In the central Romanian Carpathian Mountains, Biertan is more a town than a city. The fortified churches in the area clearly show the architectural style of the 13th and 16th centuries.

Fortified Church of Biertan
Fortified Church of Biertan; Photo credit: Daniel Tellman

When the Ottoman Empire threatened the Transylvanian regions, the Saxon community at the foot of the Carpathians was at risk. Therefore, they build defenses to protect from invasion. Since there were no wealthy nobles who could invest in fortifying the city, the peasants made fortifications around the churches and surrounded the buildings with walls sturdy enough to withstand long wars. 

Fortified Church of Biertan
Fortified Church of Biertan; Photo credit: David Stanley

Similar locations worth a visit if you have time: Fortress Church of Valea Viilor, Fortress Church of  Darjiu and the Prejmer Fortress Church.

Brasov

In the afternoon, walk through Brasov, one of the largest medieval towns in Romania.  With a center adorned by baroque facades, bohemian cafes and a beautiful square where you can enjoy a moment of rest on one of its terraces while admiring the Black Church, Brasov is the perfect operations center for touring the Transylvania region. A step away from the Bucegi mountains and the towns of Rasnov and Sinania, it is a lively city that is nothing like its dark past. 

Black Church in Brasov
Black Church in Brasov

Wolkendorf Hotel

If you are in the area, we recommend a stay at the 4 star Wolkendorf Hotel.  It is a welcoming place for absolutely everyone: 45 double rooms, spa complex with sauna and indoor / outdoor pool AND a mini rabbit farm!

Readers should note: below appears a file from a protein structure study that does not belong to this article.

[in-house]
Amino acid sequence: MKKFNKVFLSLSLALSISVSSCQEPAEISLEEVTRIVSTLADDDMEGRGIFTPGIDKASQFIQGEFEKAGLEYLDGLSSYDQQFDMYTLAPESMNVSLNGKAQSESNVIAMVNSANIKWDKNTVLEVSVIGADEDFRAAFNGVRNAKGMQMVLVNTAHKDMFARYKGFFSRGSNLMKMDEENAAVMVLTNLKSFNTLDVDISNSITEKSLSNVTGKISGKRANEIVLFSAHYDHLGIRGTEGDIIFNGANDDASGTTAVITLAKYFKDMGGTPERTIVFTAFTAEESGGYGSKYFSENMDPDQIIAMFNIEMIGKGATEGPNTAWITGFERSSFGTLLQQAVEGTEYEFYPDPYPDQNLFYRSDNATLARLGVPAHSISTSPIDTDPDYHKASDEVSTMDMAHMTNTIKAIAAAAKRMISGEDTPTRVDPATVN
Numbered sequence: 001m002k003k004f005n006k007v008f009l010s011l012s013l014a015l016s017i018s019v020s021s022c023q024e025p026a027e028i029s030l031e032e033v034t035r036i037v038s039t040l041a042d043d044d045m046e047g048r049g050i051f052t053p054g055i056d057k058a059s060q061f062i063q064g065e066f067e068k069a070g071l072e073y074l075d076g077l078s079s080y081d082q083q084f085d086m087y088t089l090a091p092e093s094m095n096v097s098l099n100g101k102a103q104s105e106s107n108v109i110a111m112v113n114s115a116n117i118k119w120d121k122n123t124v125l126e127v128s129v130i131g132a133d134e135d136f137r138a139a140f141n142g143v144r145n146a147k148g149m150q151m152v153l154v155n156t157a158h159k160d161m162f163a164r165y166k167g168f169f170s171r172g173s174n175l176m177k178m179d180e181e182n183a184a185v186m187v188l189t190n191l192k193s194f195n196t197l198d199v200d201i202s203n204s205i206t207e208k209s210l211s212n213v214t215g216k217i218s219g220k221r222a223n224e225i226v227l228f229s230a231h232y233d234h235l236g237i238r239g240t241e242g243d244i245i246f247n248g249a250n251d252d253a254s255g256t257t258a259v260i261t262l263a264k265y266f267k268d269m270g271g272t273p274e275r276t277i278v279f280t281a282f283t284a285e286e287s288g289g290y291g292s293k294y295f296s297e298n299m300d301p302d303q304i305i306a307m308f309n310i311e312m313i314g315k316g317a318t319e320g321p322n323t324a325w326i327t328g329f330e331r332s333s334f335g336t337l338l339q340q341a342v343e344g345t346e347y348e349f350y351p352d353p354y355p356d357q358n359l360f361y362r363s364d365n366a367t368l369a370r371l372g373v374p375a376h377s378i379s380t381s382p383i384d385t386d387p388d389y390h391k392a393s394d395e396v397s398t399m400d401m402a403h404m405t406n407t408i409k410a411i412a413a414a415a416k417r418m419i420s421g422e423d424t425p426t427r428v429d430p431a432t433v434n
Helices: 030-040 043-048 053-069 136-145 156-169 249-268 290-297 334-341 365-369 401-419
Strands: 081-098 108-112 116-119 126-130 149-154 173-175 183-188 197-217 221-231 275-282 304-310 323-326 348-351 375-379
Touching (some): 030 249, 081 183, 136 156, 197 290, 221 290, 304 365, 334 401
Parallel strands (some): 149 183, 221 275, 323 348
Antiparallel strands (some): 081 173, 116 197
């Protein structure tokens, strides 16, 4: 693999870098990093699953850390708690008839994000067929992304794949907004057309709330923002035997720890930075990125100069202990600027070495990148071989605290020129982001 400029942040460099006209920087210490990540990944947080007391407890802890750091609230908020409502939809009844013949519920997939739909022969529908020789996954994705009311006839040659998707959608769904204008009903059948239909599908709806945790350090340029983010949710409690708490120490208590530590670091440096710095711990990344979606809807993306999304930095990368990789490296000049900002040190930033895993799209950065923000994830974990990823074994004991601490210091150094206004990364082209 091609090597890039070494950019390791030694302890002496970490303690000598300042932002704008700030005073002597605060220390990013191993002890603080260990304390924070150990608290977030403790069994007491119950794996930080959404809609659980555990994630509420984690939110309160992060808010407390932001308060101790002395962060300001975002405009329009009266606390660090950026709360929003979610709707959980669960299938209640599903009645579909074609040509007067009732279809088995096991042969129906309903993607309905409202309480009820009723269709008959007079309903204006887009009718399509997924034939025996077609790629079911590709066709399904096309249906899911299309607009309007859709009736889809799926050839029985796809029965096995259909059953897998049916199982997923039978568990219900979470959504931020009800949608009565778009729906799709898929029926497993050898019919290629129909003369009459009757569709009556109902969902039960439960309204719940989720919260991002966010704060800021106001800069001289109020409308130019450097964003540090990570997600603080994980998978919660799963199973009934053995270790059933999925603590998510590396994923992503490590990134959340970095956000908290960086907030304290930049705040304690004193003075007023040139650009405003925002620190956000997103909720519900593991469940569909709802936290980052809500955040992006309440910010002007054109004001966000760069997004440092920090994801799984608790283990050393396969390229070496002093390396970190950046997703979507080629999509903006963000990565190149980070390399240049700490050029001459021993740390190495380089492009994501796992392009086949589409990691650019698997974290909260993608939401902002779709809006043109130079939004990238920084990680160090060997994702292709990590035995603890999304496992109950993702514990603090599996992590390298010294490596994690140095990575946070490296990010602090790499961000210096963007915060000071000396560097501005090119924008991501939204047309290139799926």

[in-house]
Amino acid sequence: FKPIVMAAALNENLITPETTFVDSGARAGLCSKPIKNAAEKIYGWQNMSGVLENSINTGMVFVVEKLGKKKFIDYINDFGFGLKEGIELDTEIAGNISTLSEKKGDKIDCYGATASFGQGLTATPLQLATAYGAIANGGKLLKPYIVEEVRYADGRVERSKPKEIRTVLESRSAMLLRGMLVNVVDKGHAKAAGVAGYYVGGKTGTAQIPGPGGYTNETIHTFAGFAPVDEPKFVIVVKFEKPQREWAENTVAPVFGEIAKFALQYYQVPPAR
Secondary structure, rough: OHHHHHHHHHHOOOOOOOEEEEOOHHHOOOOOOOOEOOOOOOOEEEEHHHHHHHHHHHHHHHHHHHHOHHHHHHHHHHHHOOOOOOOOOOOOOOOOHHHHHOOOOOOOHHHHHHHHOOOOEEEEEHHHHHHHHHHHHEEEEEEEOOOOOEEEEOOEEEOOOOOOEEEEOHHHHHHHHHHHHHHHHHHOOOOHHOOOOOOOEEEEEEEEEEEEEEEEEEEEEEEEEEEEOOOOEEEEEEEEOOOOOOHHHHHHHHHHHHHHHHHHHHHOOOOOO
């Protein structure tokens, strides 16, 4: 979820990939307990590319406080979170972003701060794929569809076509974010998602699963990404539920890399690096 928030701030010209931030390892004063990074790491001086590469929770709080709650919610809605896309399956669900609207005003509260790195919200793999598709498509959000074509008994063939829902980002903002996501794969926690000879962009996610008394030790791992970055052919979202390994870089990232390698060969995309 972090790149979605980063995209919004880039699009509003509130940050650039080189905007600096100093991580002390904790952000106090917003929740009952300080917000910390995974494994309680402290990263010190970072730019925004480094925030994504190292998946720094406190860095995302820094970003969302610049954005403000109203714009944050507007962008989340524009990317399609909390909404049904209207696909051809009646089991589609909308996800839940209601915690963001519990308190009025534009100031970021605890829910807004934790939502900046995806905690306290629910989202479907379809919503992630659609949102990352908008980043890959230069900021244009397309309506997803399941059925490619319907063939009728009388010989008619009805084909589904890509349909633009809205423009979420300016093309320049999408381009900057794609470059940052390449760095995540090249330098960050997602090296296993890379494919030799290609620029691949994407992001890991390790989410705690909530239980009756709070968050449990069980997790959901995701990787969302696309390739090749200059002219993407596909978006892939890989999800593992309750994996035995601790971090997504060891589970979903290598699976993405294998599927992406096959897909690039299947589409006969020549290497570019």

Wolkendorf Hotel
Wolkendorf Hotel; Photo credit: Wolkendorf Bio Hotel & Spa

DOR Restaurant

DOR (short for delicious, organic, Romanian) is a restaurant as you rarely see in the mountains, meaning it is not rustic but modern. It looks like a barn with wooden walls, large windows, elements of industrial interior style and natural plants.

The most impressive aspect of the restaurant however is a giant tree located in the middle of the dining area. The owner said that he was inspired by the local peasants who stopped to eat under the trees after working the fields. If you are close to Bran or Brasov, then you have to stop here.

DOR Restaurant
DOR Restaurant; Photo credit: DOR

Ravens Nest

The owners of Ravens Nest purchased these 200 year old original Transylvanian houses, took them apart and installed them in a remote location in order to create a hidden village up in the mountains. With around 30 guests that can stay in the village per night, you can also experience a lookout called the Ravens Eye, as well as a spa made into the shape of an old barrel.

It should be noted that the holiday village operates exclusively from the beginning of May until the end of October.

Ravens Nest
Ravens Nest; Photo credit: Raven’s Nest – The Hidden Village

Dragon Tavern